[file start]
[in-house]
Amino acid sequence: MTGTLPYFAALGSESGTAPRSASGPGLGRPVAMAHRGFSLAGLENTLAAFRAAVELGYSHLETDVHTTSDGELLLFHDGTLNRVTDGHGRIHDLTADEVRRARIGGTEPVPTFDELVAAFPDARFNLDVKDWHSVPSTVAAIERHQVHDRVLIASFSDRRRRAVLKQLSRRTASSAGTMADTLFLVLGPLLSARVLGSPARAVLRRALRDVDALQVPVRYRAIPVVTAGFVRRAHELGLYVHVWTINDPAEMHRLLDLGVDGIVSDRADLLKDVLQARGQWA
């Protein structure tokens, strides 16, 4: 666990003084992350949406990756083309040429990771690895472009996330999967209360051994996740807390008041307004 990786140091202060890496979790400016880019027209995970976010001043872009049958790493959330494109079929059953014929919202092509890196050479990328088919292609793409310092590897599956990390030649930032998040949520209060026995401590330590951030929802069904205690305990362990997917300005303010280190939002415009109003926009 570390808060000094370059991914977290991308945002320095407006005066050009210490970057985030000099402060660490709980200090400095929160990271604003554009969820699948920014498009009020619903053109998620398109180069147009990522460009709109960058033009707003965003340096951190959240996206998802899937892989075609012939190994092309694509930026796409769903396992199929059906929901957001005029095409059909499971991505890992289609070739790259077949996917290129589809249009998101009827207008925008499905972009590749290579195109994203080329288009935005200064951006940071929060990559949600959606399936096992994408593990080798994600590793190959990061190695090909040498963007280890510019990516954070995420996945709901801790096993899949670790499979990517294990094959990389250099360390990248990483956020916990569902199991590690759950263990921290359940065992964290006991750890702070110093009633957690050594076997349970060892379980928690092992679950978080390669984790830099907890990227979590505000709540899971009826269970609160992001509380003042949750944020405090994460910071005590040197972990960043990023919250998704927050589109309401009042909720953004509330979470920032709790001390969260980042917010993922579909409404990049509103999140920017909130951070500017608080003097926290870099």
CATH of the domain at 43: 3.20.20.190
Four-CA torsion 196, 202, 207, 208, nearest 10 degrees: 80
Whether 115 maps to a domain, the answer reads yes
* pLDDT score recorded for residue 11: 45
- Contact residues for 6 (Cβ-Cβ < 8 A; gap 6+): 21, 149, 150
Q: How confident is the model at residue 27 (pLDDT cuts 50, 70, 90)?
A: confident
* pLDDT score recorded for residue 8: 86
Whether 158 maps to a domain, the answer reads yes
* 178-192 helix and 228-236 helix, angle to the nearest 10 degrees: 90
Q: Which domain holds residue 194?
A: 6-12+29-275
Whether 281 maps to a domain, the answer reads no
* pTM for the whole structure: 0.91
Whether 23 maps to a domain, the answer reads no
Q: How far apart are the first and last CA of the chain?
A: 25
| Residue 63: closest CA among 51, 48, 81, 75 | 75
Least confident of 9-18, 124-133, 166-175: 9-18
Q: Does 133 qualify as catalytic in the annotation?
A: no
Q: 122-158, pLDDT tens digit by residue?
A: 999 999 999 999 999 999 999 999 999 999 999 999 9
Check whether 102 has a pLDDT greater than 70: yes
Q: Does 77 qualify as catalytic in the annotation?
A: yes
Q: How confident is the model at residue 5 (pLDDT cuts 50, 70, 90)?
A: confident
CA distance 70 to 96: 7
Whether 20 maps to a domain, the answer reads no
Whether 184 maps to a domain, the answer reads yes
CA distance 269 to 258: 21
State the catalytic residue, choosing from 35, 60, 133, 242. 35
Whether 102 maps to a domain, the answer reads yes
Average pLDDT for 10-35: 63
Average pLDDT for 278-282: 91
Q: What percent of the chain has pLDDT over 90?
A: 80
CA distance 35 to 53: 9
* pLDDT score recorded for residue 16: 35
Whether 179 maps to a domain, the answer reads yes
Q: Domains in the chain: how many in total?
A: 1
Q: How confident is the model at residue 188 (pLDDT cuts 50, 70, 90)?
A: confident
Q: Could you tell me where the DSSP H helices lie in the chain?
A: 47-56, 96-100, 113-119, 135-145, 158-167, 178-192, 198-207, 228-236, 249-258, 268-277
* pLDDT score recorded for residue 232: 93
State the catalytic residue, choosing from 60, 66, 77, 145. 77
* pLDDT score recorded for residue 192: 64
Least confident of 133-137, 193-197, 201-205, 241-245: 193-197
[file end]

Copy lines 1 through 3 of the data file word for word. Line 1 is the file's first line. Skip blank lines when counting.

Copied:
[in-house]
Amino acid sequence: MTGTLPYFAALGSESGTAPRSASGPGLGRPVAMAHRGFSLAGLENTLAAFRAAVELGYSHLETDVHTTSDGELLLFHDGTLNRVTDGHGRIHDLTADEVRRARIGGTEPVPTFDELVAAFPDARFNLDVKDWHSVPSTVAAIERHQVHDRVLIASFSDRRRRAVLKQLSRRTASSAGTMADTLFLVLGPLLSARVLGSPARAVLRRALRDVDALQVPVRYRAIPVVTAGFVRRAHELGLYVHVWTINDPAEMHRLLDLGVDGIVSDRADLLKDVLQARGQWA
């Protein structure tokens, strides 16, 4: 666990003084992350949406990756083309040429990771690895472009996330999967209360051994996740807390008041307004 990786140091202060890496979790400016880019027209995970976010001043872009049958790493959330494109079929059953014929919202092509890196050479990328088919292609793409310092590897599956990390030649930032998040949520209060026995401590330590951030929802069904205690305990362990997917300005303010280190939002415009109003926009 570390808060000094370059991914977290991308945002320095407006005066050009210490970057985030000099402060660490709980200090400095929160990271604003554009969820699948920014498009009020619903053109998620398109180069147009990522460009709109960058033009707003965003340096951190959240996206998802899937892989075609012939190994092309694509930026796409769903396992199929059906929901957001005029095409059909499971991505890992289609070739790259077949996917290129589809249009998101009827207008925008499905972009590749290579195109994203080329288009935005200064951006940071929060990559949600959606399936096992994408593990080798994600590793190959990061190695090909040498963007280890510019990516954070995420996945709901801790096993899949670790499979990517294990094959990389250099360390990248990483956020916990569902199991590690759950263990921290359940065992964290006991750890702070110093009633957690050594076997349970060892379980928690092992679950978080390669984790830099907890990227979590505000709540899971009826269970609160992001509380003042949750944020405090994460910071005590040197972990960043990023919250998704927050589109309401009042909720953004509330979470920032709790001390969260980042917010993922579909409404990049509103999140920017909130951070500017608080003097926290870099």